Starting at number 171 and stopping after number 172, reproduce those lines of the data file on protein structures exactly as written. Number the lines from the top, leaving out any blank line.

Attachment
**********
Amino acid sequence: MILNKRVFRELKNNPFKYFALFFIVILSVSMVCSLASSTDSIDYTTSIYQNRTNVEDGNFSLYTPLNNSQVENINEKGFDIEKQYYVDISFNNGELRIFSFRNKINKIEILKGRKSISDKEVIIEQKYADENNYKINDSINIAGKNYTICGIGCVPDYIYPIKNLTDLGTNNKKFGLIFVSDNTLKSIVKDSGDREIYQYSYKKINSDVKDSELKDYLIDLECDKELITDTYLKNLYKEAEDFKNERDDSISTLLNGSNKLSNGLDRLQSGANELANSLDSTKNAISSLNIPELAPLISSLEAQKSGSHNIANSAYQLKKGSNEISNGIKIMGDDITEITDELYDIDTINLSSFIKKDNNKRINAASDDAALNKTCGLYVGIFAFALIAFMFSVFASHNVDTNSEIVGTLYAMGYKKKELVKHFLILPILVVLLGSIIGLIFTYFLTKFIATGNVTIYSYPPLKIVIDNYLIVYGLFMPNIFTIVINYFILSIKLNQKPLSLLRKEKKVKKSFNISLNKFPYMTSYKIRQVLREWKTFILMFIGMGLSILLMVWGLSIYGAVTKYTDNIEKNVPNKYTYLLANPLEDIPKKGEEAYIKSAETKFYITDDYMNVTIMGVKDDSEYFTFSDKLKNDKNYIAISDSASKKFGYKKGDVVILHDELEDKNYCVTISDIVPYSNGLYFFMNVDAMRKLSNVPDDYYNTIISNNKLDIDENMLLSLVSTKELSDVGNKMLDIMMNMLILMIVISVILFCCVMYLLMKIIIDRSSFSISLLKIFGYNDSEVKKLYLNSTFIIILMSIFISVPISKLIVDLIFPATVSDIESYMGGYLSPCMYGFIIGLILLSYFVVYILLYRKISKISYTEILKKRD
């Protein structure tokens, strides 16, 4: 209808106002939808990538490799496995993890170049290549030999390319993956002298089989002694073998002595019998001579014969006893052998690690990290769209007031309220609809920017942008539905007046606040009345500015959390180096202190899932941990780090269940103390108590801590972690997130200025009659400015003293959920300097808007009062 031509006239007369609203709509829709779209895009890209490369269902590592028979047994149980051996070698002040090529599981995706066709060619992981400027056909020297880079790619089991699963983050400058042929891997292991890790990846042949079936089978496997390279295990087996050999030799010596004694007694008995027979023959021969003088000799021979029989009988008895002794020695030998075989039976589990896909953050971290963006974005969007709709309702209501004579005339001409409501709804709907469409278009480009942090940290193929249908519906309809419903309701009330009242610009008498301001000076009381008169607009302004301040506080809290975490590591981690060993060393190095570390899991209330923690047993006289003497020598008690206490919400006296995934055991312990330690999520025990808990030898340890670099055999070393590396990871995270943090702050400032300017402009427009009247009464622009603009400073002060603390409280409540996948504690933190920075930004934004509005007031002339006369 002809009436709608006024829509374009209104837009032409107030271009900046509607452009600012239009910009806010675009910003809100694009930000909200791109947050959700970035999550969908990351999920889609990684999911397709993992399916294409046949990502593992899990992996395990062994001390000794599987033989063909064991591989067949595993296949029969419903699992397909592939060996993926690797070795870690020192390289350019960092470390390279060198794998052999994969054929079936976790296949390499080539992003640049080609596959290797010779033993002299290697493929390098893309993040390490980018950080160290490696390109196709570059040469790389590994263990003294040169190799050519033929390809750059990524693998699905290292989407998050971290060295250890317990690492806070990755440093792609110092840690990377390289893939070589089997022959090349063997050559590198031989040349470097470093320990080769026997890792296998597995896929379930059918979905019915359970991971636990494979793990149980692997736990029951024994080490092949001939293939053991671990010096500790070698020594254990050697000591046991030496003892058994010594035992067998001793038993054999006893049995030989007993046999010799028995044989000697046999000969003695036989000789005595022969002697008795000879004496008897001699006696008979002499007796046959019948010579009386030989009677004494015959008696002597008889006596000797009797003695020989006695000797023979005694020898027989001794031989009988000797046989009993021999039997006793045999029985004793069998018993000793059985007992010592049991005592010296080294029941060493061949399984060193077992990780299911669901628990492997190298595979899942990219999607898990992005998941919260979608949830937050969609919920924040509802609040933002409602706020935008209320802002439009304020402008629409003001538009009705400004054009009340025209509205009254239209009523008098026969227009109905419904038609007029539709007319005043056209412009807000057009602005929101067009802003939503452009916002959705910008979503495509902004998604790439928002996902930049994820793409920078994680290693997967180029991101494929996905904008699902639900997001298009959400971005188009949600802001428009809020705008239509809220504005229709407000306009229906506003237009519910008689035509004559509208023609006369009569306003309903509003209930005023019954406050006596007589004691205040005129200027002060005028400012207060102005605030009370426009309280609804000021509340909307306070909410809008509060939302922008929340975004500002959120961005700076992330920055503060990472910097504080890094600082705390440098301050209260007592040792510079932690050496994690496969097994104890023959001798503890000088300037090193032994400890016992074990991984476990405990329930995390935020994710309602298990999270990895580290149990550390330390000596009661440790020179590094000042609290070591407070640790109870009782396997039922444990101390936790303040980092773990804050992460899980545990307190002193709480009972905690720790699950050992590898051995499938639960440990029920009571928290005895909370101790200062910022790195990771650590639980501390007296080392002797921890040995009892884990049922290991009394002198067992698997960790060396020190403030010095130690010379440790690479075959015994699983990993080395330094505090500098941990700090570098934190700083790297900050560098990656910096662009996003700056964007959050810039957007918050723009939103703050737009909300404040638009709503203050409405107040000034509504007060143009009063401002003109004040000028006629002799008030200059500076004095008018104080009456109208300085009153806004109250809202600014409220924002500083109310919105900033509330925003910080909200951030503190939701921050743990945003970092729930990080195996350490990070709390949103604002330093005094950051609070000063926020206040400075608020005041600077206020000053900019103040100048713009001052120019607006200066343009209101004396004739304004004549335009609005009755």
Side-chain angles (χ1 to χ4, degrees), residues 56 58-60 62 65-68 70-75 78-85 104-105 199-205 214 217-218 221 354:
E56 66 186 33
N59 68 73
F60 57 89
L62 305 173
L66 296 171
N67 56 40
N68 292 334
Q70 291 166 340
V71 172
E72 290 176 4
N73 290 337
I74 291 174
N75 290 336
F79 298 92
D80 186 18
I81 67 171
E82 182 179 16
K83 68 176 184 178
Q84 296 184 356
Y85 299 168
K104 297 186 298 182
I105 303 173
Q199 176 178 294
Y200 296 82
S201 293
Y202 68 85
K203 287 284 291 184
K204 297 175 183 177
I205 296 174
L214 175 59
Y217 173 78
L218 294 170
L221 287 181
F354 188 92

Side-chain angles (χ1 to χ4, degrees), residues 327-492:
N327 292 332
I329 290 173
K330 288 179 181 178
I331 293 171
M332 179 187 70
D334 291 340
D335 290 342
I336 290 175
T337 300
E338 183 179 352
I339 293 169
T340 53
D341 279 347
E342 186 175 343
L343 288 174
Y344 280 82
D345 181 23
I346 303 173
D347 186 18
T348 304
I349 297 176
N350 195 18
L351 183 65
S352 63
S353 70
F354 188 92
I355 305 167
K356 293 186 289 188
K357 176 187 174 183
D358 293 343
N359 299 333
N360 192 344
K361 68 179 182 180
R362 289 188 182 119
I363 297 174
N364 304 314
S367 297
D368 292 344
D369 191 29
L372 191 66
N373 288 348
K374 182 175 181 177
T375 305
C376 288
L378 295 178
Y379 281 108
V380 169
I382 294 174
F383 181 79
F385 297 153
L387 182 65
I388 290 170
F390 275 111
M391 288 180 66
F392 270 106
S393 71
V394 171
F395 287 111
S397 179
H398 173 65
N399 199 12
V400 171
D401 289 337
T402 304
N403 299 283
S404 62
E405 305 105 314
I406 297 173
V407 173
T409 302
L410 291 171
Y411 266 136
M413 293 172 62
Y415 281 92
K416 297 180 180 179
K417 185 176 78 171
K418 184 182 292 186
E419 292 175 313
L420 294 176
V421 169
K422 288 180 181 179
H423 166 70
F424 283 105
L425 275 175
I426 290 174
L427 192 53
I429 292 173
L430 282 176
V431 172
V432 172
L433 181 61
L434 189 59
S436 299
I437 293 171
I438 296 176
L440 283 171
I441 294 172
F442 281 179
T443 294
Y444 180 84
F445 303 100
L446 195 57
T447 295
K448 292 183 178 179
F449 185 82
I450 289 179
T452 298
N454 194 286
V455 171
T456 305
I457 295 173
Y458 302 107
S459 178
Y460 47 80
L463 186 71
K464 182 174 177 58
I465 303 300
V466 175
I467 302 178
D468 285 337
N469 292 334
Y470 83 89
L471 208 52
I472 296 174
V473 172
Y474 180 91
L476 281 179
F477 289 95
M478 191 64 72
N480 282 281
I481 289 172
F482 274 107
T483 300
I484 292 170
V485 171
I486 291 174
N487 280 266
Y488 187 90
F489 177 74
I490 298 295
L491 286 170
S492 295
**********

T483 300
I484 292 170